Updated MP3 tagger

Updated my shell based MP3 tagger.

Fixed up since discogs.com search engine went down, so I was suprised to see my program crash since it had been stable for a while now. I guess this just goes to show you how hard it is to write a fault tolerant program. You might think a website may go down, and consider that, but what if part of a website goes down...

Anyway added a few features, here's the list of updates:

  • 1.12: Allow direct url search (paste in a discogs.com url to manual search option), search engine down error message bug fix.
  • 1.11: Error message if Discogs search engine is down, also added display of current directory in help.

On the fault tolerance note, you'd think when you bugfix something to make your program fault tolerant you'd do it right. But no, clasic example of a bugfix introducing new bugs - it would now incorrectly detect certain artist releases as failed search results. *sigh*. *fixed*.

I'll upload it all once I can confirm it still actually works with the new search engine update..

Programming: Compiler Error: Solution

Figured I'd start blogging all the wierd compiler errors I get from time to time.
Ever seen this:?

shell32.lib(shguid.obj) : fatal error LNK1103: debugging information corrupt; recompile module

Happens because your mixing Platform SDK versions. Solution? Build with the new one, link with the old one. (In other words, move the new platform SDK to the bottom of the directories list in include & link)

Tuesday, November 01, 2005

Space: Student Satelite

Another student satellite launched. This time more of a deliberate effort, rather than a lets-see-what-we-can-pack-into-the-spare-space thing. (Nanosatellite / Milk box satellites)

I'm sure someone clever will one day come up with some kind of swarm mini satellite system. How hard can it be anyway? A bunch of pinging satellites with their own propulsion, and a big rocket to blast them to the right orbit, they use their own power to get to the right positions and you have yourself a localized GPS system, maybe to be used for giving you extra accurate positioning for a short period of time. Presumably the miniature sizes would make them hard to shoot down too..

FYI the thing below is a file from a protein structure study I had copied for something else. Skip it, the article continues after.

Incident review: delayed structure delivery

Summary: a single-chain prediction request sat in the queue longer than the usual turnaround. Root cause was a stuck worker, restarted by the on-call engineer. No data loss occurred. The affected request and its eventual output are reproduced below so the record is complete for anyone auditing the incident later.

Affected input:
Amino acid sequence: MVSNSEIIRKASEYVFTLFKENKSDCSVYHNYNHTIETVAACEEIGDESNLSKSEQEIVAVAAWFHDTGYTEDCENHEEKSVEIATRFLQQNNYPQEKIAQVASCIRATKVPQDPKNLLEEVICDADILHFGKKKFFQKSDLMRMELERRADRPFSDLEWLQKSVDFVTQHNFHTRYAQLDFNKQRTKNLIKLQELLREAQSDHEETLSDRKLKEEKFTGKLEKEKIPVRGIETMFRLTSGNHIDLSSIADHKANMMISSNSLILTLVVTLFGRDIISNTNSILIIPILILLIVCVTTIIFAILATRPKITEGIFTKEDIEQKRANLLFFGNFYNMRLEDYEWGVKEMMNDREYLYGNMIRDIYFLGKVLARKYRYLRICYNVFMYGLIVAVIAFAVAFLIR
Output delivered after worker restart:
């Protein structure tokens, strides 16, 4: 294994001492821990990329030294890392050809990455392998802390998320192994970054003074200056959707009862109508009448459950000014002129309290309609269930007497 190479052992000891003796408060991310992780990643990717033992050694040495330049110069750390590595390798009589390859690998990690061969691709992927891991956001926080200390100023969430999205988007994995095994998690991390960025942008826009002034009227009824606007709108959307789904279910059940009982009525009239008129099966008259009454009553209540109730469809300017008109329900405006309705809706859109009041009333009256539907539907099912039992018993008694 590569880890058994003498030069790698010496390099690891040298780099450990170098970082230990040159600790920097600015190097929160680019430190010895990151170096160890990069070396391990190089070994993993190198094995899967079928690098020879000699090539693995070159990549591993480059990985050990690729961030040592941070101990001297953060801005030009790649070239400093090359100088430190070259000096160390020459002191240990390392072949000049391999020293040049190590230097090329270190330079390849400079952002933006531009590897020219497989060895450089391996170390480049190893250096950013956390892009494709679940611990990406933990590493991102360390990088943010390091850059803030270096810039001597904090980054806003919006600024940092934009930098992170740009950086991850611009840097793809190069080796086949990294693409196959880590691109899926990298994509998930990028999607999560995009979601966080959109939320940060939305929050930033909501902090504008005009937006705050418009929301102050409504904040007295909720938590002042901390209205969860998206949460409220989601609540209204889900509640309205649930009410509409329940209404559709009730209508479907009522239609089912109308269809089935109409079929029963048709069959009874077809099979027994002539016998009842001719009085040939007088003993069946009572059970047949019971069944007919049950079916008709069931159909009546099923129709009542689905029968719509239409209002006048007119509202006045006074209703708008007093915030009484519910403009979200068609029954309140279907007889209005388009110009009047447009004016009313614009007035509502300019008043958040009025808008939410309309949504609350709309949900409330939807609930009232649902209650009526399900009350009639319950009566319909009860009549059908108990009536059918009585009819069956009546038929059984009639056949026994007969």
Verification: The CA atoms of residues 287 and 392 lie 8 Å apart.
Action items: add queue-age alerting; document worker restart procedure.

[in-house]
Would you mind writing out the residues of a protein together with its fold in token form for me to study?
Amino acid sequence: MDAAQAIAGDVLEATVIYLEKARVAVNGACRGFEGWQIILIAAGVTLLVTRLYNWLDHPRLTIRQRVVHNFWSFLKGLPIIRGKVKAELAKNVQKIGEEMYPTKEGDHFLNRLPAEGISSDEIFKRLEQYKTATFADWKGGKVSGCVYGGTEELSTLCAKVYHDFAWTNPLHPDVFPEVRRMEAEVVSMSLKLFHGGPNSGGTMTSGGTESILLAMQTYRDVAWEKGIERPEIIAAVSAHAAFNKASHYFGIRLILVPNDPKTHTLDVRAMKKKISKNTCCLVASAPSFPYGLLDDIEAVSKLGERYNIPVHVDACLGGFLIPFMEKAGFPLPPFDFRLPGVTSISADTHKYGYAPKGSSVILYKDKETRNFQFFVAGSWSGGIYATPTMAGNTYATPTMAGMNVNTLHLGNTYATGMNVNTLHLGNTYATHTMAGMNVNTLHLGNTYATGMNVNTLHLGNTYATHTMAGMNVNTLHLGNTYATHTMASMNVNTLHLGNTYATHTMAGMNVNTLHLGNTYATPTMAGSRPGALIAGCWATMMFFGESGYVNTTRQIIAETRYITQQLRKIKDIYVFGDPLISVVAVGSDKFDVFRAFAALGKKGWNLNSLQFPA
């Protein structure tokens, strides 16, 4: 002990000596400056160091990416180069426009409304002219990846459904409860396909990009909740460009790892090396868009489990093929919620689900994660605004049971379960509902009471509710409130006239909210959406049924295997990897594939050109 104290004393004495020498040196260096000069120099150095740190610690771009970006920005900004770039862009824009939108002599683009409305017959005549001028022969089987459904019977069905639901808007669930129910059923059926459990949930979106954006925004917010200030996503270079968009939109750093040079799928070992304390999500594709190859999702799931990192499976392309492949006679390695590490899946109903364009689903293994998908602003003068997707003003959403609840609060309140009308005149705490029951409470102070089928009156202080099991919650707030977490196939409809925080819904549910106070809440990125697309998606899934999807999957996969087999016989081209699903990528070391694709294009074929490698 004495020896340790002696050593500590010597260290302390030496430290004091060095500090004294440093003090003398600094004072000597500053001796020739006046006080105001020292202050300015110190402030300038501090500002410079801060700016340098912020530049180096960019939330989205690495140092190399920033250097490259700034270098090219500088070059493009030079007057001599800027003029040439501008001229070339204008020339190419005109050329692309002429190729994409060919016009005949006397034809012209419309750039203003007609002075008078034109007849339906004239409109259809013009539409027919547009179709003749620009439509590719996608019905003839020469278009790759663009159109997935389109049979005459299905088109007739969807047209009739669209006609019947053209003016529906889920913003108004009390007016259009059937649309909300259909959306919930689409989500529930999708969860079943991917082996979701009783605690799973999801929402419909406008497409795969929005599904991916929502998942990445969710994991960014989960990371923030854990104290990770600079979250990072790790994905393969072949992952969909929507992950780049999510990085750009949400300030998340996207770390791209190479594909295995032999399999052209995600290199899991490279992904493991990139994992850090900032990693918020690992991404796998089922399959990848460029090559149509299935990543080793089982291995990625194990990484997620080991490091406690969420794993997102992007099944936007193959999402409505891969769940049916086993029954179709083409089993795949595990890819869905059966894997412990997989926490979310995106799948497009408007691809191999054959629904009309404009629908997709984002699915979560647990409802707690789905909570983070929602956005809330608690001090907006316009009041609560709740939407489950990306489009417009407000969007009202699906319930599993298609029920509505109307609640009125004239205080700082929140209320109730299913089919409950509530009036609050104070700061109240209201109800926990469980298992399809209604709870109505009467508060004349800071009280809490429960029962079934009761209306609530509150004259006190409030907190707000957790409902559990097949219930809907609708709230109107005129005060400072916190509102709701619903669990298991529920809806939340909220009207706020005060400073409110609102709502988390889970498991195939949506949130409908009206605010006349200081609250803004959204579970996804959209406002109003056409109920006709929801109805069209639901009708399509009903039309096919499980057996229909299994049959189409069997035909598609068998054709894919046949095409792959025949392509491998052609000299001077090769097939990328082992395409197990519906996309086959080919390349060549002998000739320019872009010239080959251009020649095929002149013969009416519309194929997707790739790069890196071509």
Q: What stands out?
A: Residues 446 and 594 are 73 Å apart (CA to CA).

Programming: GCC and CORBA

GCC4 has been out for a while now, but I still haven't gotten around to looking at it. I came across some GCC compiler optimizations I wasn't aware of. Specifically "__builtin_expect (!!(x), 1)", which means you no longer have to guess that the first conditionals get evaluated first. Nice.

Here is a copy of the optimization header file:

#if __GNUC__ >= 3
# define inlineinline __attribute__ ((always_inline))
# define __pure__attribute__ ((pure))
# define __const__attribute__ ((const))
# define __noreturn__attribute__ ((noreturn))
# define __malloc__attribute__ ((malloc))
# define __must_check__attribute__ ((warn_unused_result))
# define __deprecated__attribute__ ((deprecated))
# define __used__attribute__ ((used))
# define __unused__attribute__ ((unused))
# define __packed__attribute__ ((packed))
# define likely(x)__builtin_expect (!!(x), 1)
# define unlikely(x)__builtin_expect (!!(x), 0)
# define inline/* no inline */
# define __pure/* no pure */
# define __const/* no const */
# define __noreturn/* no noreturn */
# define __malloc/* no malloc */
# define __must_check/* no warn_unused_result */
# define __deprecated/* no deprecated */
# define __used/* no used */
# define __unused/* no unused */
# define __packed/* no packed */
# define likely(x)(x)
# define unlikely(x)(x)

Looks like GCC finially hit some optimization standards, long way to go yet.

Oh yeah, and VC8 is out. I've been using the beta. Its awesome. (both the IDE and the compiler FYI).

And a note on the CORBA front, TAO is my implementation of choice. A bit of a pain to compile since the VC6 workspace is a bit munted, but its much cleaner than omniORB in my very limited opinion. Work on the component system continues..